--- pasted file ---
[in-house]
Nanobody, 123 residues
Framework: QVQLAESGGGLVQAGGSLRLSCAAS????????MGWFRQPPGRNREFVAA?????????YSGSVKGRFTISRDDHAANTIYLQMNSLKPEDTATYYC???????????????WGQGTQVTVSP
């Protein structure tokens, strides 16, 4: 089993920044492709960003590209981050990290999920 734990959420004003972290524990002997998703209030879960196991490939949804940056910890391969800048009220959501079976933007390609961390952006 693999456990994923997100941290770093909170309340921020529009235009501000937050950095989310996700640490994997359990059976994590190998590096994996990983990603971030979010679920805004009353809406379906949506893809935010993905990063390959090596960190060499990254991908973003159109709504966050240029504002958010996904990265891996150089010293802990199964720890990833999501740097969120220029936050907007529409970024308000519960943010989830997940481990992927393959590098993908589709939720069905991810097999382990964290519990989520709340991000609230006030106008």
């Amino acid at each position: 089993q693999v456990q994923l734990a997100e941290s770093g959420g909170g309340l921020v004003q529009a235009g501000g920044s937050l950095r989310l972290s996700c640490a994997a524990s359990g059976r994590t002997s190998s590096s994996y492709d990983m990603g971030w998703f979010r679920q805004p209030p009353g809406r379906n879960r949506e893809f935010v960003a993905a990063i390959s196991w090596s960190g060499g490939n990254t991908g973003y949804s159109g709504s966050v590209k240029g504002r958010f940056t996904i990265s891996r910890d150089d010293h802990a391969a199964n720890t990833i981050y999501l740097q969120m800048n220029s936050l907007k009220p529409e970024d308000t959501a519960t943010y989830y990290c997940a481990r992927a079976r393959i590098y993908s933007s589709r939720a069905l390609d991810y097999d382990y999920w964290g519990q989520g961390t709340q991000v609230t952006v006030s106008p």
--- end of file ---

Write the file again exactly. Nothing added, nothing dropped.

[in-house]
Nanobody, 123 residues
Framework: QVQLAESGGGLVQAGGSLRLSCAAS????????MGWFRQPPGRNREFVAA?????????YSGSVKGRFTISRDDHAANTIYLQMNSLKPEDTATYYC???????????????WGQGTQVTVSP
């Protein structure tokens, strides 16, 4: 089993920044492709960003590209981050990290999920 734990959420004003972290524990002997998703209030879960196991490939949804940056910890391969800048009220959501079976933007390609961390952006 693999456990994923997100941290770093909170309340921020529009235009501000937050950095989310996700640490994997359990059976994590190998590096994996990983990603971030979010679920805004009353809406379906949506893809935010993905990063390959090596960190060499990254991908973003159109709504966050240029504002958010996904990265891996150089010293802990199964720890990833999501740097969120220029936050907007529409970024308000519960943010989830997940481990992927393959590098993908589709939720069905991810097999382990964290519990989520709340991000609230006030106008």
């Amino acid at each position: 089993q693999v456990q994923l734990a997100e941290s770093g959420g909170g309340l921020v004003q529009a235009g501000g920044s937050l950095r989310l972290s996700c640490a994997a524990s359990g059976r994590t002997s190998s590096s994996y492709d990983m990603g971030w998703f979010r679920q805004p209030p009353g809406r379906n879960r949506e893809f935010v960003a993905a990063i390959s196991w090596s960190g060499g490939n990254t991908g973003y949804s159109g709504s966050v590209k240029g504002r958010f940056t996904i990265s891996r910890d150089d010293h802990a391969a199964n720890t990833i981050y999501l740097q969120m800048n220029s936050l907007k009220p529409e970024d308000t959501a519960t943010y989830y990290c997940a481990r992927a079976r393959i590098y993908s933007s589709r939720a069905l390609d991810y097999d382990y999920w964290g519990q989520g961390t709340q991000v609230t952006v006030s106008p």